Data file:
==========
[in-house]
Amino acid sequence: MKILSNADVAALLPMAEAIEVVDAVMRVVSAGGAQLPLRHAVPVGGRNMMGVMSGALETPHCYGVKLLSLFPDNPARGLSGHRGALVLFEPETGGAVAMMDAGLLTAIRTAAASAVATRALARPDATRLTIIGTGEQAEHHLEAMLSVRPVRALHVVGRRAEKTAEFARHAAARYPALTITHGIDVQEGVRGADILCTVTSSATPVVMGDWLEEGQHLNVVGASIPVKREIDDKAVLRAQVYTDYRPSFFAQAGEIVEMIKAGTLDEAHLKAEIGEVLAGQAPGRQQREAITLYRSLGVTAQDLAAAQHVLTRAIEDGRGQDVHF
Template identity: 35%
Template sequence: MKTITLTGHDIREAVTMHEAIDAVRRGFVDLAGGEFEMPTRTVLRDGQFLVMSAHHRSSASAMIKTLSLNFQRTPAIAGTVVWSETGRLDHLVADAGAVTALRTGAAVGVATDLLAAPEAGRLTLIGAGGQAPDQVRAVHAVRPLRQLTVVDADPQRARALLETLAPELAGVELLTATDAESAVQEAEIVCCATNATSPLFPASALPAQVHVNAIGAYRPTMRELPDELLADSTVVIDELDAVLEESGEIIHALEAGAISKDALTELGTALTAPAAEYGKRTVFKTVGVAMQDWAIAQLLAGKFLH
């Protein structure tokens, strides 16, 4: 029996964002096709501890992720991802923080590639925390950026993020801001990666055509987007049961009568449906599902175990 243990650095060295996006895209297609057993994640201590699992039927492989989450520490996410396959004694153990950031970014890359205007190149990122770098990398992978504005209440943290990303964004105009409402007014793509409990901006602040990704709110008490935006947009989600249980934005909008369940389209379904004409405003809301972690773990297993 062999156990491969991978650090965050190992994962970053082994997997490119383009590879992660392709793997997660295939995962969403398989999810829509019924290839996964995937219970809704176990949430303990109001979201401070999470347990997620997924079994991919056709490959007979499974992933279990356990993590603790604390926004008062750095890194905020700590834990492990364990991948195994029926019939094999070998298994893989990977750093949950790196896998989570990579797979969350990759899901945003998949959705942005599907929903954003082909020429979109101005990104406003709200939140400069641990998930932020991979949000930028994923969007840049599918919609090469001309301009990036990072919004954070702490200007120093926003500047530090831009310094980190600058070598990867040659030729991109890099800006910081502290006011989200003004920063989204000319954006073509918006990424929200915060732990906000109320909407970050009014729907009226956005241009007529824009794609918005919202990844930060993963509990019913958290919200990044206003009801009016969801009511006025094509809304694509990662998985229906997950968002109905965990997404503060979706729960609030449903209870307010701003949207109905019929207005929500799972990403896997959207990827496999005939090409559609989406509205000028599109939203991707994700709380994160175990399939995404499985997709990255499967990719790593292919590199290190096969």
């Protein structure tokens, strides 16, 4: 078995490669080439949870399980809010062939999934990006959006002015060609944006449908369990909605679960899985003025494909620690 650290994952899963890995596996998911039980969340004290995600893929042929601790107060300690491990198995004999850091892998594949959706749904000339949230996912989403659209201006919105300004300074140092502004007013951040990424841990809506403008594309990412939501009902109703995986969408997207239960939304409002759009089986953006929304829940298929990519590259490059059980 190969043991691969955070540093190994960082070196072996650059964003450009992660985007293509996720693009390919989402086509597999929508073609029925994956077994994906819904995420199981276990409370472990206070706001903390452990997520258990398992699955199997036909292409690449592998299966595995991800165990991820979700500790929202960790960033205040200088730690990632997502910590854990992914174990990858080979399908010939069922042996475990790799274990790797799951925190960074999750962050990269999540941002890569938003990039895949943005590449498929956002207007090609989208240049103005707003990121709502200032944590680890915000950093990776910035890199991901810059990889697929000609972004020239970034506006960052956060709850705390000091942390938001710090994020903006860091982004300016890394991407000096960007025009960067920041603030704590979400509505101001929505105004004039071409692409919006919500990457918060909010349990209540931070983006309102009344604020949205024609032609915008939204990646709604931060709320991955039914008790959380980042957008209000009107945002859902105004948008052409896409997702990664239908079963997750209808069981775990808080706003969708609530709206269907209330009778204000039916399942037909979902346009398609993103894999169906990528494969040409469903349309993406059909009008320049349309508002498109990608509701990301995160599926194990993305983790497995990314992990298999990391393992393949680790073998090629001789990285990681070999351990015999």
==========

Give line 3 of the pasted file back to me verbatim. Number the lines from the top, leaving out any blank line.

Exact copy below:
Template identity: 35%